THE SKEPTICISM OF THE NEW ACADEMY: A WEAK FORM OF PLATONISM?
The most celebrated work by Sextus Empiricus, Outlines of Pyrrhonism, begins by distinguishing three recognizable philosophical systems: dogmatic, academic and skeptic. While the divergences between the first and the last two are evident, a great many scholars are in disagreement as to the differences and similarities of the other two philosophical schools. Skeptics and Academics share common features that vigorously oppose any dogmatic system, but what is the distinction between the two? What are the singular differences that define and characterize the radical Skepticism of Sextus with its Pyrrhonic roots from the moderate Platonic Skepticism of Arcesilaus or Carneades? In his work1, Sextus goes on to explain that the dogmatists believe they have discovered the truth (albeit every school claimed to have discovered it in something different), while the Skeptics and the Academics differ only slightly in that the former investigate the truth, while the latter declare it to be “non-apprehensible.”
Clearly, the discrepancies between Academics and Skeptics (Pyrrhonic2) are at best, difficult to discern. However, the differences between these two philosophic schools and dogmatism are striking. In any case, and in spite of the critique by certain Pyrrhonean Skeptics (Timon or Sextus) of the Academics, members of both movements acknowledged “a certain family atmosphere”, as an illustrious Skeptic would later claim. In a study of this kind, therefore, our first task shall be to examine and define the form of Skepticism professed by these philosophers.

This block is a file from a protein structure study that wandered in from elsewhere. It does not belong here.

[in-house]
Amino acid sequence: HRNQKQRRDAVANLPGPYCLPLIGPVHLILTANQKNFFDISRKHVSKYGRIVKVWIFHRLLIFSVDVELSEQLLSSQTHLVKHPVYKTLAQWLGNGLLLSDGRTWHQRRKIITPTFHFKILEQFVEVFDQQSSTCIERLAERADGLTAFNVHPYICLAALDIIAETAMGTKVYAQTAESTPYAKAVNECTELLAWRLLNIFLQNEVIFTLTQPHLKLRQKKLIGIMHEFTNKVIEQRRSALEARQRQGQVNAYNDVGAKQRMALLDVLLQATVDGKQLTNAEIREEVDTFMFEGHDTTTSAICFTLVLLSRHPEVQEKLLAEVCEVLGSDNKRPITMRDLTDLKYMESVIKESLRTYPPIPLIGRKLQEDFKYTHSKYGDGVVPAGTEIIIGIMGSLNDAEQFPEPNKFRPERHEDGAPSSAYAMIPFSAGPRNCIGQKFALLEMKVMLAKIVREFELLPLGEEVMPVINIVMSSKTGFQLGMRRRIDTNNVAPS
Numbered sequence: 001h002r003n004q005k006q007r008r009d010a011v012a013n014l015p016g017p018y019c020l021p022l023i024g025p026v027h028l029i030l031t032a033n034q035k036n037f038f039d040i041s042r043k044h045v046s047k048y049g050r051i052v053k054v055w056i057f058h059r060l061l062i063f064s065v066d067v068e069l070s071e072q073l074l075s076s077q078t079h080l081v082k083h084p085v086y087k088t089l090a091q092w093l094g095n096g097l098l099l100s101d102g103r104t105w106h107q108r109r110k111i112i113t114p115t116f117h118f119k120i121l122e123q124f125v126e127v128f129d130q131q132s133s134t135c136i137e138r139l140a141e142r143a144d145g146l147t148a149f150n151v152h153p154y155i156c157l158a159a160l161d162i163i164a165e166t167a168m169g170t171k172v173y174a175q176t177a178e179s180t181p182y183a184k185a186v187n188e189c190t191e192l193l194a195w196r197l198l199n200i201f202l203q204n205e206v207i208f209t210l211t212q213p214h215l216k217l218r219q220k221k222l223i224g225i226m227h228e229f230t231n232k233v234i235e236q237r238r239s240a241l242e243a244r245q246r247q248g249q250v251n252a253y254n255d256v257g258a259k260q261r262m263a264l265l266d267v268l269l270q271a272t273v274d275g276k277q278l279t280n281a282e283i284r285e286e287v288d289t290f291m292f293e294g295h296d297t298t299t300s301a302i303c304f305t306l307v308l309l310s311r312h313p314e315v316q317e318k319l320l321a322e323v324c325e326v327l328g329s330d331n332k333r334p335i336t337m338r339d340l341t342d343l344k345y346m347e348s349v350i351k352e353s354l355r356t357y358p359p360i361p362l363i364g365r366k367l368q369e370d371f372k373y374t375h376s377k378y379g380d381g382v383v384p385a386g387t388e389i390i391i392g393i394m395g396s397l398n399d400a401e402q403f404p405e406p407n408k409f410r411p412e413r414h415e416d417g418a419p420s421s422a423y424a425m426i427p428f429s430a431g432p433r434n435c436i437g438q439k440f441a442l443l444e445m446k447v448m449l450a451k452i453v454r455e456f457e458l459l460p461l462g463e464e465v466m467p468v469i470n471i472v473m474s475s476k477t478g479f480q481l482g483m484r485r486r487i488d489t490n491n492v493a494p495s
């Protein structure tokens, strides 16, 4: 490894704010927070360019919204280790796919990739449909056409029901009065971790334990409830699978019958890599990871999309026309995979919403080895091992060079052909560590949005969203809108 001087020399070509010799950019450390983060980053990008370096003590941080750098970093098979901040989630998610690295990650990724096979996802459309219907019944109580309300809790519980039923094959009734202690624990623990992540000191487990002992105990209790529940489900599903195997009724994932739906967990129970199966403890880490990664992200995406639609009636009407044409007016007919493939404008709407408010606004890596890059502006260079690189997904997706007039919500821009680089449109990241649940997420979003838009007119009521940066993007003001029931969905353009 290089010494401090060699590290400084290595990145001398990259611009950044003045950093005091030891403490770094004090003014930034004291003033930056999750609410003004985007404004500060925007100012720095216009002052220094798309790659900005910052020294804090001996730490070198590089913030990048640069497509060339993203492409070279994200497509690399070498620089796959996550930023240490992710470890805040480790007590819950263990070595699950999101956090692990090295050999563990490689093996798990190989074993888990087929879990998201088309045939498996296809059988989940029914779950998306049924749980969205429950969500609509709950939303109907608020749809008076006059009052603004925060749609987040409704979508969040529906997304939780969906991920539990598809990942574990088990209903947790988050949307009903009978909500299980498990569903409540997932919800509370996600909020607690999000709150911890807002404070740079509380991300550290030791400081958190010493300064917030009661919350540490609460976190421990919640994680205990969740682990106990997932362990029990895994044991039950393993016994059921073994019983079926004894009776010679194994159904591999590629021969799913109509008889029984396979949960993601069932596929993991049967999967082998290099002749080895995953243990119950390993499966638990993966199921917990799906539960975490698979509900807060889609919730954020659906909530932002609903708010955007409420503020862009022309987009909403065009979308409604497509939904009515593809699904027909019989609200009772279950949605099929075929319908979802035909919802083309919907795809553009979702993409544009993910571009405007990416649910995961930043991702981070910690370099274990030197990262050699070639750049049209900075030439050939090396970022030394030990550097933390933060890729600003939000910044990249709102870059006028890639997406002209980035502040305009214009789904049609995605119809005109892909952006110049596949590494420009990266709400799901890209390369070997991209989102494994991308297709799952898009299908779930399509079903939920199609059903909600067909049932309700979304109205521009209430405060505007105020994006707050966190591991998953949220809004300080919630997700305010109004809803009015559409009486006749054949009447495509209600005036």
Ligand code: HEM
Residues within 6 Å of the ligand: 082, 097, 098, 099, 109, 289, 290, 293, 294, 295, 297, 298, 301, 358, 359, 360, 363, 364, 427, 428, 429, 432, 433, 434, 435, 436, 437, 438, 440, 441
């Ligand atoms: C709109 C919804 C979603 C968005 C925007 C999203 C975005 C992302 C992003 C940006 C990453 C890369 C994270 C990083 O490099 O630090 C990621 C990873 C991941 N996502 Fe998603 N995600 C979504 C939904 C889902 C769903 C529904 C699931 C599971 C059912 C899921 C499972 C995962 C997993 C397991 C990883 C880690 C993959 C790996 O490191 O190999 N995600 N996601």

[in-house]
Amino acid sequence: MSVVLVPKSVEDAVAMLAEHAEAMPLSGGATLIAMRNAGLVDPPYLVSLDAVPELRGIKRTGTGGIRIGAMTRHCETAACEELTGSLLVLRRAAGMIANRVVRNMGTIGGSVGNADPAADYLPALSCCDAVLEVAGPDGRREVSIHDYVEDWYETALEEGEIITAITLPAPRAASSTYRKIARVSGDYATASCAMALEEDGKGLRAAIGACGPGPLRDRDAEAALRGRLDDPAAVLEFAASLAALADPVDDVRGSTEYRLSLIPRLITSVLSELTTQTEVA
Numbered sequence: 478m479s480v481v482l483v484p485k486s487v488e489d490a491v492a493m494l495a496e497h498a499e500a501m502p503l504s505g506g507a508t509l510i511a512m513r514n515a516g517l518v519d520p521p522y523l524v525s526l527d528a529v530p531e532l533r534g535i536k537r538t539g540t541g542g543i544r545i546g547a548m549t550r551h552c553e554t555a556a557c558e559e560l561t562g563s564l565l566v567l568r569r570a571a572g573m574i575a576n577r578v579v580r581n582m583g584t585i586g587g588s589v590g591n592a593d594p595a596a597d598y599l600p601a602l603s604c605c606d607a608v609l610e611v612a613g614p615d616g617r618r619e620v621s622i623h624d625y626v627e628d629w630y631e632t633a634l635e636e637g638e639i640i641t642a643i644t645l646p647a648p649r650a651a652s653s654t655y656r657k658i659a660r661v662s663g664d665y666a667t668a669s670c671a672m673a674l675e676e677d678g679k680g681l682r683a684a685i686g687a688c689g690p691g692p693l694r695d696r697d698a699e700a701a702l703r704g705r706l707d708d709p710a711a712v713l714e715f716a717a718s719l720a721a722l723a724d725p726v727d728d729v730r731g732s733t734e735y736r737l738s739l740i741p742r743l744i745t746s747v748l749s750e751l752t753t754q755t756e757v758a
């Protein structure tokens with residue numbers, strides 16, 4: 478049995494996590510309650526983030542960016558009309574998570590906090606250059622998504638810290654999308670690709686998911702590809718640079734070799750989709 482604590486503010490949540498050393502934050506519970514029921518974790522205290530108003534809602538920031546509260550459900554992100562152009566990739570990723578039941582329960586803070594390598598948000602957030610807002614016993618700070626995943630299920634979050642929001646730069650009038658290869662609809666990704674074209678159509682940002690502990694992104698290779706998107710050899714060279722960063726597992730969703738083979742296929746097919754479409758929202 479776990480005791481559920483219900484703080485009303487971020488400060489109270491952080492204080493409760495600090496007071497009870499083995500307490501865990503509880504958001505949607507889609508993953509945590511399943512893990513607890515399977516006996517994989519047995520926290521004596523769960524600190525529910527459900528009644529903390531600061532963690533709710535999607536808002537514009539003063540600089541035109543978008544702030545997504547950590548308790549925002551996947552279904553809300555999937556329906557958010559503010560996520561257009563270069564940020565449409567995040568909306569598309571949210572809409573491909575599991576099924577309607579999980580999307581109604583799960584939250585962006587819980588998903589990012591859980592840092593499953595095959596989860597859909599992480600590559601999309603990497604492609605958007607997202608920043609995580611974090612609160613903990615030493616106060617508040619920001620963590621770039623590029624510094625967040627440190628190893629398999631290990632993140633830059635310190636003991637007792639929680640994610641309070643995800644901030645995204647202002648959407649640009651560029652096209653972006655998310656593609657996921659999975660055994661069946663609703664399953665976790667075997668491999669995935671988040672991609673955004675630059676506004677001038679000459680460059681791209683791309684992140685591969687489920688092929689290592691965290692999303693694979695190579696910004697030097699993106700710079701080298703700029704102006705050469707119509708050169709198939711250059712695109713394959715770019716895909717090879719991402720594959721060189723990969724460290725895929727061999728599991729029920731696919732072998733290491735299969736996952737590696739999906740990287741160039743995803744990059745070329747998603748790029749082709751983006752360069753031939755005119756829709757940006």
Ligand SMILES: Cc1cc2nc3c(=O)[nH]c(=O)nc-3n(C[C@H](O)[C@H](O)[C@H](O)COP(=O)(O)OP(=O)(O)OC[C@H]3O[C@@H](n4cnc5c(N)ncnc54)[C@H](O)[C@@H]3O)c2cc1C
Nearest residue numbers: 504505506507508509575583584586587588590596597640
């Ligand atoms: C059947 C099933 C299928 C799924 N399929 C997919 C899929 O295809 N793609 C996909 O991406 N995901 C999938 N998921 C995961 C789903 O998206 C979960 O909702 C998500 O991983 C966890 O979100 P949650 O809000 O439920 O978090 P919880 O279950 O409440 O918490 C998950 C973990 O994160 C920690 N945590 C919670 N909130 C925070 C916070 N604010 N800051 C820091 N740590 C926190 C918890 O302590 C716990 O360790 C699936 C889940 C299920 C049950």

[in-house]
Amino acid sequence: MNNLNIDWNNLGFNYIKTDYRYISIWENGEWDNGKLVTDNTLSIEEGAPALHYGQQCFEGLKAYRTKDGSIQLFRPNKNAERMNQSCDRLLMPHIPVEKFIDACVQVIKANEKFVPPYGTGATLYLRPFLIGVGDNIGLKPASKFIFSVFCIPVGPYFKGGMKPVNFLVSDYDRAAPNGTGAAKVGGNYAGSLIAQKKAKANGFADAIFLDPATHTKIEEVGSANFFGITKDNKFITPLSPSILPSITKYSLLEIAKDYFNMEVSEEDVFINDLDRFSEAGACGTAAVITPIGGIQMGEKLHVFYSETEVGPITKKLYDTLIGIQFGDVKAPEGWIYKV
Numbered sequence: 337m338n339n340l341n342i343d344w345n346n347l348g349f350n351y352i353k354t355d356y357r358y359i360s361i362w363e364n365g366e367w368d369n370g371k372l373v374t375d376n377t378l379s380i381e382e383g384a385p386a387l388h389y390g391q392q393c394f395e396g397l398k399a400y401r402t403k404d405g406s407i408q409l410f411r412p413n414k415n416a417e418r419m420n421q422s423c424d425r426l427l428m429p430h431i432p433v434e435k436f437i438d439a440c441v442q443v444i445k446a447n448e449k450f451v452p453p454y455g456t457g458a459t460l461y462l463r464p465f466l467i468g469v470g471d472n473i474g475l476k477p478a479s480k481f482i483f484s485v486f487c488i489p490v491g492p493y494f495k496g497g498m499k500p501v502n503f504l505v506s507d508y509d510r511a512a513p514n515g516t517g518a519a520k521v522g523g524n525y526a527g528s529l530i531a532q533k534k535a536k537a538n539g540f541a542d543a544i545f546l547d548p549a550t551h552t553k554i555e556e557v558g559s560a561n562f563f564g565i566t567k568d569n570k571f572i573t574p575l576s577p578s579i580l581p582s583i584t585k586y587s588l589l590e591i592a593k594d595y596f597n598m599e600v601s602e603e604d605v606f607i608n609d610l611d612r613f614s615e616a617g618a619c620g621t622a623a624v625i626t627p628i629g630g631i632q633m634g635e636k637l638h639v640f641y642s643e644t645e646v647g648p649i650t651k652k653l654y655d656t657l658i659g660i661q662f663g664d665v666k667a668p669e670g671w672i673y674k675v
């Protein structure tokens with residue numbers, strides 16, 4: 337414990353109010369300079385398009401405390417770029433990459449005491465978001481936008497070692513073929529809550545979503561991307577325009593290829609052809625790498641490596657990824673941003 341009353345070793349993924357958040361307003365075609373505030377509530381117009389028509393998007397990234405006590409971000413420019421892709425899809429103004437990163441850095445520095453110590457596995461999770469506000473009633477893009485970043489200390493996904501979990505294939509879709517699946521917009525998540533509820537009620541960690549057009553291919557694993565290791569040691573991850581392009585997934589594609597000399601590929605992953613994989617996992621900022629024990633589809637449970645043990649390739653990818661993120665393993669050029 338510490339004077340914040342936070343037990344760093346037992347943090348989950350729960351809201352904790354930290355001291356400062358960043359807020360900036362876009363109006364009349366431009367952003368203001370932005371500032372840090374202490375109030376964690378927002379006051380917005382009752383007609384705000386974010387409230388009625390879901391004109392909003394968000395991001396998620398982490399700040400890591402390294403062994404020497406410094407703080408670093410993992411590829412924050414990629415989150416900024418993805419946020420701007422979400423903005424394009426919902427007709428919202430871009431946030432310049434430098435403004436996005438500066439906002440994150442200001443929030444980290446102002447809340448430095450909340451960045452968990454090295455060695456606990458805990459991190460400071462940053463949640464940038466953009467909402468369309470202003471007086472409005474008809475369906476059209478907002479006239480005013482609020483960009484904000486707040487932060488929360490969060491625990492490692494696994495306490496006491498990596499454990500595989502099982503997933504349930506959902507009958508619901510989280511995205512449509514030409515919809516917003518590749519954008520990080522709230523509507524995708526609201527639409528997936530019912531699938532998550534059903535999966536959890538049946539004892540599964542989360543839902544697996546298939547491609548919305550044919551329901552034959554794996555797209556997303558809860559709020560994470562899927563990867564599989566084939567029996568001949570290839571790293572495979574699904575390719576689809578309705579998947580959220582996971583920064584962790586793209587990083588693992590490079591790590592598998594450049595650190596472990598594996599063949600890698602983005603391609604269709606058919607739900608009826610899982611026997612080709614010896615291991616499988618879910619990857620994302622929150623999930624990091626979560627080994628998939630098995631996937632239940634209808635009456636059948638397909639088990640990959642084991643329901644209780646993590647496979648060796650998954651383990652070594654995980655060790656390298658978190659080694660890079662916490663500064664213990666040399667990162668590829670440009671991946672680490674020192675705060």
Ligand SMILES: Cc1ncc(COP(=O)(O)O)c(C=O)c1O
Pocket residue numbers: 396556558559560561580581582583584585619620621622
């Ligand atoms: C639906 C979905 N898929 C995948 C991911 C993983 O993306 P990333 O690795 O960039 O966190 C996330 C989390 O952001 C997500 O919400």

The Platonic Academy was a singular philosophical nucleus continued by Speusippus and Xenocrates upon the death of its founder Plato, albeit with a certain amount of independence with regard to their teacher in questions of philosophical relevance. Thus, we will first address the issue of the relationship between Skepticism and the Platonic Academy and secondly, the differences with regard to radical Pyrrhonean Skepticism from a two-fold perspective: 1) Can we speak in strict terms of Academic Skepticism? and 2) What characterizes or defines the similarities and differences between the Academic and Pyrrhonic movements? These two questions
1 Sextus, P.H., I, 2.
2 See also Román Alcalá, R., El escepticismo antiguo: posibilidad del conocimiento y búsqueda de la felicidad, Córdoba , 1994, note 20, p. 28 for more on the distinction in Skepticism between “Pyrrhonean”, (follower of Pyrrho who has no awareness of belonging to a singular and precise philosophical movement) and “Pyrrhonic” (name that refers to all the philosophers, who as followers of Pyrrho acknowledge him as the founder of the movement and are aware of belonging to a unified and original skeptical tradition embraced by Aenesidemus).